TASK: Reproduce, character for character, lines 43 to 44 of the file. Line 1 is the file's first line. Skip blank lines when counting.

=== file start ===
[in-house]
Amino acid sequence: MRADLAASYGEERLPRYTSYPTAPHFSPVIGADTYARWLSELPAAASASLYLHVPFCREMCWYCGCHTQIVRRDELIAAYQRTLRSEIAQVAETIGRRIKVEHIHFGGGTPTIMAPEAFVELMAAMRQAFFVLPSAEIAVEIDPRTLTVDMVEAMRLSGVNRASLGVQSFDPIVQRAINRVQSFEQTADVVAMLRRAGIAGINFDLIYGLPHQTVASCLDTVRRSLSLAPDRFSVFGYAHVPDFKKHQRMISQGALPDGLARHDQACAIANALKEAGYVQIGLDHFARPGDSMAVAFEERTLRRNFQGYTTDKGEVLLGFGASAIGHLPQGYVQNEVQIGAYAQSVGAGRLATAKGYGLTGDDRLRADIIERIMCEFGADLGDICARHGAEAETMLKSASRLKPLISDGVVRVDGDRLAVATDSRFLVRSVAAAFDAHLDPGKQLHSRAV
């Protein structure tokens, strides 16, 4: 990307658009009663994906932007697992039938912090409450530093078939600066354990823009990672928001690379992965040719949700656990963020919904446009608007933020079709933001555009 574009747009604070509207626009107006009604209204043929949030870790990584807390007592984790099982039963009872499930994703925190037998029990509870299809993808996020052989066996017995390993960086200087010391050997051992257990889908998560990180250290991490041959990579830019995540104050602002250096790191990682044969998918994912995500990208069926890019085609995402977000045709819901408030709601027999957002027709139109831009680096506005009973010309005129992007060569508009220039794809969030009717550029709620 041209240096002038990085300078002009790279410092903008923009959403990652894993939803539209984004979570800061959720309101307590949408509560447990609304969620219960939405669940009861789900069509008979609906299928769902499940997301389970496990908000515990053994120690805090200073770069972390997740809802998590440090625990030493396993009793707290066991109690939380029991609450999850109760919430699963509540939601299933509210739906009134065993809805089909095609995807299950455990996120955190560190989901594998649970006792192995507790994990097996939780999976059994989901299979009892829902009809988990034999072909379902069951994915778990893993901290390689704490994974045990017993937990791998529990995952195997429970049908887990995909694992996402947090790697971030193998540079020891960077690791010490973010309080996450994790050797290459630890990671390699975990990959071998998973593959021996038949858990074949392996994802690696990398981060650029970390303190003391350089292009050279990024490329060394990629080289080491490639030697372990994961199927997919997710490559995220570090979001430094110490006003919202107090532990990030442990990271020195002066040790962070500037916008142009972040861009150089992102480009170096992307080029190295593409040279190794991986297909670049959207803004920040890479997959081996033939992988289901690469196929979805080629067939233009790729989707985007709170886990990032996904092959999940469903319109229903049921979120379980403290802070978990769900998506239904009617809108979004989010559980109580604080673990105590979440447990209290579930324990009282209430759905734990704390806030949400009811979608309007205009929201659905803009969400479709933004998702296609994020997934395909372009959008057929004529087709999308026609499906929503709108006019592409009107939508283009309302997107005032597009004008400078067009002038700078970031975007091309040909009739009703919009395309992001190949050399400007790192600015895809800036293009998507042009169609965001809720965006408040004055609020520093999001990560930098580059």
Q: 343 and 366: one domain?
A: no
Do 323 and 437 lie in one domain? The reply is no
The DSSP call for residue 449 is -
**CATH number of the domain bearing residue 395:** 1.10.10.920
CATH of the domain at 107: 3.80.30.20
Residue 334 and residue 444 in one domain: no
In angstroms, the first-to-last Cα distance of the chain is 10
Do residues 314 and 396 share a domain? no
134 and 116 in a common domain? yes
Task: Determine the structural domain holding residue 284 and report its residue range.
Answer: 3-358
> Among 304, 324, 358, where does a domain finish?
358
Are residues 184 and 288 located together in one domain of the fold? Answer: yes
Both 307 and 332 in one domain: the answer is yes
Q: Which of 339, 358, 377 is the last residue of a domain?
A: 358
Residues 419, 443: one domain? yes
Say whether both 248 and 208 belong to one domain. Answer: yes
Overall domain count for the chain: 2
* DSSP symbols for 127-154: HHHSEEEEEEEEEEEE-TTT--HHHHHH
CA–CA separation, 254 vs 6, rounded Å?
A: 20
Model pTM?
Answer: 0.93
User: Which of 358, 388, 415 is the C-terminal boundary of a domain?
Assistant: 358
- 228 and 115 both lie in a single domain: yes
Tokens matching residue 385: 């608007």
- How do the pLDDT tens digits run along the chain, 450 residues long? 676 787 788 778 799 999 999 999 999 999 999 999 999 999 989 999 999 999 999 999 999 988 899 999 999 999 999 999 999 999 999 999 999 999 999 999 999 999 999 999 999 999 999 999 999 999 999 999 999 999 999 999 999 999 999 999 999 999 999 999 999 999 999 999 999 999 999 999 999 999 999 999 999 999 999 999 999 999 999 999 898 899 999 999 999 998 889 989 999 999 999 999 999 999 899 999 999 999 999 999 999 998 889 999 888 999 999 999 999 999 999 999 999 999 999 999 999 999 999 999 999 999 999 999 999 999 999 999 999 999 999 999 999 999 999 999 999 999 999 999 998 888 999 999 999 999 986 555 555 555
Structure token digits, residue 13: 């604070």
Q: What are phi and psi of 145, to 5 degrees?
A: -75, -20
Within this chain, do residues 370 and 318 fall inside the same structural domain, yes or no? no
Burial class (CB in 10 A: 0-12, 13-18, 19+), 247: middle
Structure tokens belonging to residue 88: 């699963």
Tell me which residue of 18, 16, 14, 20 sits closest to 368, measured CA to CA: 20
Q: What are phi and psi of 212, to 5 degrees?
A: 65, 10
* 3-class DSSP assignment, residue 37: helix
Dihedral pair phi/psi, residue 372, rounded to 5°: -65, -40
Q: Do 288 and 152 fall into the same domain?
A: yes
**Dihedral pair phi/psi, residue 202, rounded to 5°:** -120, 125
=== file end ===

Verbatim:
A: 65, 10
* 3-class DSSP assignment, residue 37: helix